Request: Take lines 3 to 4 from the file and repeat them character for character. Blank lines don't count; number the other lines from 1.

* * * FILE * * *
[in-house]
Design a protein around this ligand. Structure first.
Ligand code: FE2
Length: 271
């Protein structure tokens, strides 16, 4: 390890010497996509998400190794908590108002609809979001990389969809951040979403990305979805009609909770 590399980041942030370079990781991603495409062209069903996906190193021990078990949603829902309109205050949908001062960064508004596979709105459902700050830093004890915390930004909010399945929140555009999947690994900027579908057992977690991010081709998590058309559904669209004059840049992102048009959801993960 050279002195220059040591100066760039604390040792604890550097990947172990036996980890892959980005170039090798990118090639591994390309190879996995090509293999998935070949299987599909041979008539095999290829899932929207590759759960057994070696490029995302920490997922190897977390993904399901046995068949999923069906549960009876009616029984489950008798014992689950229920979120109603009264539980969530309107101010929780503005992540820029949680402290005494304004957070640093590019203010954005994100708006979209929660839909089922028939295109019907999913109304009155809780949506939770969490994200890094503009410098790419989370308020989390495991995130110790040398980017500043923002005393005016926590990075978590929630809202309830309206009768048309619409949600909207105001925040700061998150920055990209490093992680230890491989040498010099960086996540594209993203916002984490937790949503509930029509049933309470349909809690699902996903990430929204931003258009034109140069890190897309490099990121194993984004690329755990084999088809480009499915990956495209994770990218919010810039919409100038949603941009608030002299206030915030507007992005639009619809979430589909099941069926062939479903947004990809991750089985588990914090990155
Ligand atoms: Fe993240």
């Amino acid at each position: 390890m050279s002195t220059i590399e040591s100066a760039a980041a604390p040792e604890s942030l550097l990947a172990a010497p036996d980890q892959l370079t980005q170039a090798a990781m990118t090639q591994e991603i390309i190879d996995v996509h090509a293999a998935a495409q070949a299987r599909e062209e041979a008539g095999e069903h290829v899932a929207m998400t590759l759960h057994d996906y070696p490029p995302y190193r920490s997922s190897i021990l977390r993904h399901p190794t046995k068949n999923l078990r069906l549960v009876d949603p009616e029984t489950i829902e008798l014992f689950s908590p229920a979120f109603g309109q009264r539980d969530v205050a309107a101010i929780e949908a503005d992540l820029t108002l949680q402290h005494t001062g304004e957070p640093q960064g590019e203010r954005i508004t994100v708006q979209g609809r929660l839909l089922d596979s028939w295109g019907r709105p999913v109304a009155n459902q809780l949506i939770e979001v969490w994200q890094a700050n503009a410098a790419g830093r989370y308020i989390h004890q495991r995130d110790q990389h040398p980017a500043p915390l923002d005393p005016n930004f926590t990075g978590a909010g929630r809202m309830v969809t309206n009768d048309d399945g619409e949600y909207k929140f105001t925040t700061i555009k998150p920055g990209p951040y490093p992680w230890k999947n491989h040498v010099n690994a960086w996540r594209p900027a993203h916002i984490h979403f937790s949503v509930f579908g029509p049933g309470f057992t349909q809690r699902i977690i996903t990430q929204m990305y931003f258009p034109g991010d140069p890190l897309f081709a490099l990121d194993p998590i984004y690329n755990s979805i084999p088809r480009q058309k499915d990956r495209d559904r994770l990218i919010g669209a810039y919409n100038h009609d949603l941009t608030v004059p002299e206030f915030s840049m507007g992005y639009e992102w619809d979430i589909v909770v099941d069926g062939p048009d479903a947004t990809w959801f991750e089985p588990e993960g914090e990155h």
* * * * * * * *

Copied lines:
Ligand code: FE2
Length: 271